Letters can often be the focus point of a needlepoint piece, such as the Cooper Oaks piece pictured above that I’m currently stitching.
But there is a problem that occurs whenever lettering covers only one thread. You can easily get letters with gaps in them. That happens because Tent Stitches, unlike Cross Stitches, have a specific direction. When the direction of the stitch and the direction of the line match or are straight, you get solid lines, below. If the stitch and line directions are opposite, you get dotted lines, below. You can see in the diagram below how even changing to the reverse stitch direction does not completely solve this problem.
This happens whenever there are single-thread lines in Tent Stitch. Some designers try to avoid this in their designs, but with letters you can;t avoid it. One way to solve the problem is to make thicker letters, but that won’t work with every design.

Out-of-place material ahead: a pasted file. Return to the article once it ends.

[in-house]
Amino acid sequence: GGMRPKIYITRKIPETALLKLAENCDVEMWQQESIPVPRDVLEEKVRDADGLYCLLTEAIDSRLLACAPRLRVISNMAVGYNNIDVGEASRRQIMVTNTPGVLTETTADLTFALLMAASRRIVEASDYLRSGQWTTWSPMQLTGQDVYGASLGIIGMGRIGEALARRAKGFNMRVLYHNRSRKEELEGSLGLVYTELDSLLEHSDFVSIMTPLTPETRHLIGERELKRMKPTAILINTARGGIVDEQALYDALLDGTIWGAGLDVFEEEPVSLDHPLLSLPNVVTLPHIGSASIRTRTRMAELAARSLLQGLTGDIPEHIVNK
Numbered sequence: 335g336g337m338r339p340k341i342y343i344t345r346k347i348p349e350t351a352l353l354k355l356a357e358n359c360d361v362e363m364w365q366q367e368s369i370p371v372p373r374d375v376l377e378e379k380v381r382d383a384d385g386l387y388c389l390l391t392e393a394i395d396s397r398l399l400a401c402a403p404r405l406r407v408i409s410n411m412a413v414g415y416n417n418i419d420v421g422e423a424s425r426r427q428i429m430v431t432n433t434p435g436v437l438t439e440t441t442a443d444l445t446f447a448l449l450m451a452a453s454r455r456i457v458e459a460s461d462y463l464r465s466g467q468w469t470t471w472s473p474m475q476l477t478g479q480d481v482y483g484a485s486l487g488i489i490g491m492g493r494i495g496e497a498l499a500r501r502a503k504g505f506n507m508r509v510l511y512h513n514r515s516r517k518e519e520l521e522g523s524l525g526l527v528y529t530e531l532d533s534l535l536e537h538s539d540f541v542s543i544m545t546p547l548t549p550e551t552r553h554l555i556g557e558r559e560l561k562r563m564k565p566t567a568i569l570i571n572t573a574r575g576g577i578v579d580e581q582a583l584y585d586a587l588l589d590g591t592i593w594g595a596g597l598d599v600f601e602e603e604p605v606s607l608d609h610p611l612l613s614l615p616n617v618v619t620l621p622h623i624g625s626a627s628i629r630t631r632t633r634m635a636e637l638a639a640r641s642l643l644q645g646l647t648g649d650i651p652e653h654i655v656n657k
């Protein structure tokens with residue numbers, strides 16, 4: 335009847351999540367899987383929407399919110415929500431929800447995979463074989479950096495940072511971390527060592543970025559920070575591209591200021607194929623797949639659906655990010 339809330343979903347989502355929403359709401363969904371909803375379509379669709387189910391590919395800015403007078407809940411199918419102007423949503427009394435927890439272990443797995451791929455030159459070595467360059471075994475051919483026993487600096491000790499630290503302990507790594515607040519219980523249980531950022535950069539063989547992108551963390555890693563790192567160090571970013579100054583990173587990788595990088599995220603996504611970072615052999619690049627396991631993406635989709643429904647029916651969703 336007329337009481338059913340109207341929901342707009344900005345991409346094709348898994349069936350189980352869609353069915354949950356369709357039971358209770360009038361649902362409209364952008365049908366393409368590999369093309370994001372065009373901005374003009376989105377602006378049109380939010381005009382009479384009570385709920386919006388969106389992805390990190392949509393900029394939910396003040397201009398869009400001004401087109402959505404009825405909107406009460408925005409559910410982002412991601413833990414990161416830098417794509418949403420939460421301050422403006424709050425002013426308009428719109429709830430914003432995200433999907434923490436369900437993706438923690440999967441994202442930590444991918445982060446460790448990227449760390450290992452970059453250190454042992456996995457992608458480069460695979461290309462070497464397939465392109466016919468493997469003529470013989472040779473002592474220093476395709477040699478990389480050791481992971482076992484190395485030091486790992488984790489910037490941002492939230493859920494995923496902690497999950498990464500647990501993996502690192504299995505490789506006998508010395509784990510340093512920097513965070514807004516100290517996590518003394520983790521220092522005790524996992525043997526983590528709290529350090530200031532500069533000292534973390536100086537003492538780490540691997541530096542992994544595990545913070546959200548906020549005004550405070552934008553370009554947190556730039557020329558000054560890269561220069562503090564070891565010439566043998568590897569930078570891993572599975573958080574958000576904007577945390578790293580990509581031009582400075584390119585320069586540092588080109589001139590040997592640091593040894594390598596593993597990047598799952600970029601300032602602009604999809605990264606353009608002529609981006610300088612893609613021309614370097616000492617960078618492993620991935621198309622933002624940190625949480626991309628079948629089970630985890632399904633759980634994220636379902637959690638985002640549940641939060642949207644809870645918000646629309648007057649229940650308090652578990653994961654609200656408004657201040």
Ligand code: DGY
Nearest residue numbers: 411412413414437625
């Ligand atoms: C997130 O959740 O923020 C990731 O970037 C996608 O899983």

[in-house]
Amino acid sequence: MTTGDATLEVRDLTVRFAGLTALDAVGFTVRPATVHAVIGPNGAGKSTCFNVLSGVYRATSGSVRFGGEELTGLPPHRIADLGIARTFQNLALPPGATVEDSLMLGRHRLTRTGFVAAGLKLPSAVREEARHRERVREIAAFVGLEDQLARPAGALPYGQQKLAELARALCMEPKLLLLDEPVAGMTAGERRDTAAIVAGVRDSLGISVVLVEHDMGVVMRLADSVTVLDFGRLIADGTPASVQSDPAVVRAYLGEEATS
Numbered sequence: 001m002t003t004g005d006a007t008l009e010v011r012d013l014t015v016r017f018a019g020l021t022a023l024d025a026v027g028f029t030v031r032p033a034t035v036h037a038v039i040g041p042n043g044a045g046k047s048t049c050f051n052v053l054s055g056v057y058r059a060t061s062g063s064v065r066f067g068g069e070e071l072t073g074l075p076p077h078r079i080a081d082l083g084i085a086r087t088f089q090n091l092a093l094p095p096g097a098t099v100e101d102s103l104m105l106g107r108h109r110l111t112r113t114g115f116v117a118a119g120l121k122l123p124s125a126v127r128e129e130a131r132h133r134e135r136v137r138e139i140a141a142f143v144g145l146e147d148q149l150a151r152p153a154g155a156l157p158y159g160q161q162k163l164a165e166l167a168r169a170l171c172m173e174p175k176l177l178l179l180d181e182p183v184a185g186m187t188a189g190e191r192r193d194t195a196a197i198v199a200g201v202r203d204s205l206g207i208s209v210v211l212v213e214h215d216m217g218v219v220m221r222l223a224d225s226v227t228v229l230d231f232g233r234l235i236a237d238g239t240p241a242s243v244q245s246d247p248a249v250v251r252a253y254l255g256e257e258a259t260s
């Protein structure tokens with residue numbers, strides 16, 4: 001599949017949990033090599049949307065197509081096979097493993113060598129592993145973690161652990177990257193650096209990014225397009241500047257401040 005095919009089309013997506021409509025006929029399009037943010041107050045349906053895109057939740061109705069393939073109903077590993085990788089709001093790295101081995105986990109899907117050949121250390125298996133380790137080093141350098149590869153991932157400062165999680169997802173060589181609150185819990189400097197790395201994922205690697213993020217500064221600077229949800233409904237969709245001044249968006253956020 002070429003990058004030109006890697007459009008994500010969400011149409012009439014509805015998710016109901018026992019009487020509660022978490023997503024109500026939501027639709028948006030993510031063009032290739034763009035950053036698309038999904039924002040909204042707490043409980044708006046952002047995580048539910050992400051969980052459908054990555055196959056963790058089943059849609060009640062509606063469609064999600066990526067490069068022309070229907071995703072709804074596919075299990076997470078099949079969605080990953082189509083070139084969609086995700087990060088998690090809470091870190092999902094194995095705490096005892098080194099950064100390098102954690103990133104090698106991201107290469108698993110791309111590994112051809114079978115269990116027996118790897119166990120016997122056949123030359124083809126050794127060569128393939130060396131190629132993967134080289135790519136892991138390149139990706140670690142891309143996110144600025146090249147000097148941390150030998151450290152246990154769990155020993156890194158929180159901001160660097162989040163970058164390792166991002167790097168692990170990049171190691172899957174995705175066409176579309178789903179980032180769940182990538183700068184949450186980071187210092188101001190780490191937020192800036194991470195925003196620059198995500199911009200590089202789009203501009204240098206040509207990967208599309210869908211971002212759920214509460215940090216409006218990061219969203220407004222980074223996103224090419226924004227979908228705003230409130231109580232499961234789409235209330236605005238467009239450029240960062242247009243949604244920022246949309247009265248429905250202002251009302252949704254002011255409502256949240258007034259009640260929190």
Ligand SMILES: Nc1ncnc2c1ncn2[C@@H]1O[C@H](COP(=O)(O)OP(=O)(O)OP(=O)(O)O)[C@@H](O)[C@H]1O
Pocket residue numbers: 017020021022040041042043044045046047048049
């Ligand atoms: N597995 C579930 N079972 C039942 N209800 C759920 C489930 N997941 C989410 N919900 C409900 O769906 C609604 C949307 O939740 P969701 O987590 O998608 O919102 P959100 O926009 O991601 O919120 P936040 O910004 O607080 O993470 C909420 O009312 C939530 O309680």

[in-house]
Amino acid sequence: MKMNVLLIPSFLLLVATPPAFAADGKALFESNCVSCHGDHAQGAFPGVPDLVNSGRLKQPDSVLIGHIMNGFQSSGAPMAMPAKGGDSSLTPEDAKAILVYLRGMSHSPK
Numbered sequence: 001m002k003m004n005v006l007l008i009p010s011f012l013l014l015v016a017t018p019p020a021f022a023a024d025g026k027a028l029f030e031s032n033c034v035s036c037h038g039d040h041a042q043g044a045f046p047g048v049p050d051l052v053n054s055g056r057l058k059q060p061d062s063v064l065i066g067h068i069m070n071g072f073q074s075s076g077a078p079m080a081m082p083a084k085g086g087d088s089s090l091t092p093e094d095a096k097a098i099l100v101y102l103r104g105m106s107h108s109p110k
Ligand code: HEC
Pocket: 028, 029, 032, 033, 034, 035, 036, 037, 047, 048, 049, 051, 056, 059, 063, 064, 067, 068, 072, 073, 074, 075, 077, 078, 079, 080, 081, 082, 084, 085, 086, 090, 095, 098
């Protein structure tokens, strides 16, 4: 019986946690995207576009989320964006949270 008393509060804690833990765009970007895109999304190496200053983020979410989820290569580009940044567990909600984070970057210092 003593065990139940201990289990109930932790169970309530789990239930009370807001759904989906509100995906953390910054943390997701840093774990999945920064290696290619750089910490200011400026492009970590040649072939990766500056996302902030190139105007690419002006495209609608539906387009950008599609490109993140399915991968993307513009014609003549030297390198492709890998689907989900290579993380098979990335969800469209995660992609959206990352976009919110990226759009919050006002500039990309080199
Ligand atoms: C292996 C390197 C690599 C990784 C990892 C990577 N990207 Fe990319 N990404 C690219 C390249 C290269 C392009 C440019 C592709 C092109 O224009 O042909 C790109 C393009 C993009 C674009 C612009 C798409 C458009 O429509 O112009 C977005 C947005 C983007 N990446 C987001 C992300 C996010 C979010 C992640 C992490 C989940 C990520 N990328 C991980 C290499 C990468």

What’s a stitcher to do?
There are several methods you can try:
- Use Cross Stitch. This solves the problem nicely but means you may need to switch to a thinner thread for comfortable stitching.
- Use wrapped stitches. This will give the letters a very different look than the surrounding stitching. It may also make the lines thinner or thicker, depending on the stitch used. Thinner lines may cause problems with some background stitches.
- Change the slant to match the slant of the line. I use this technique often and I think it looks great when you are making an outline. It does not look as good if it is letters because each time you change directions a small gap is created (think of the look of Four-way Continental to see what I mean).
The best solution of all came from a reader of this blog. It’s one I am using in this canvas, detail below.
When the slant is opposite your stitch direction make a longer line going in that direction. Then stitch Tent over it. Is essence what you are doing is making very short runs of Padded Tent, below.
The padding melts into the canvas so the stitches don’t look higher. The effect of this longer, reversed stitch is to connect all those stitches that would give a dotted line without it. The letters end up looking solid and properly formed. As you can see from the picture of my project — it looks great!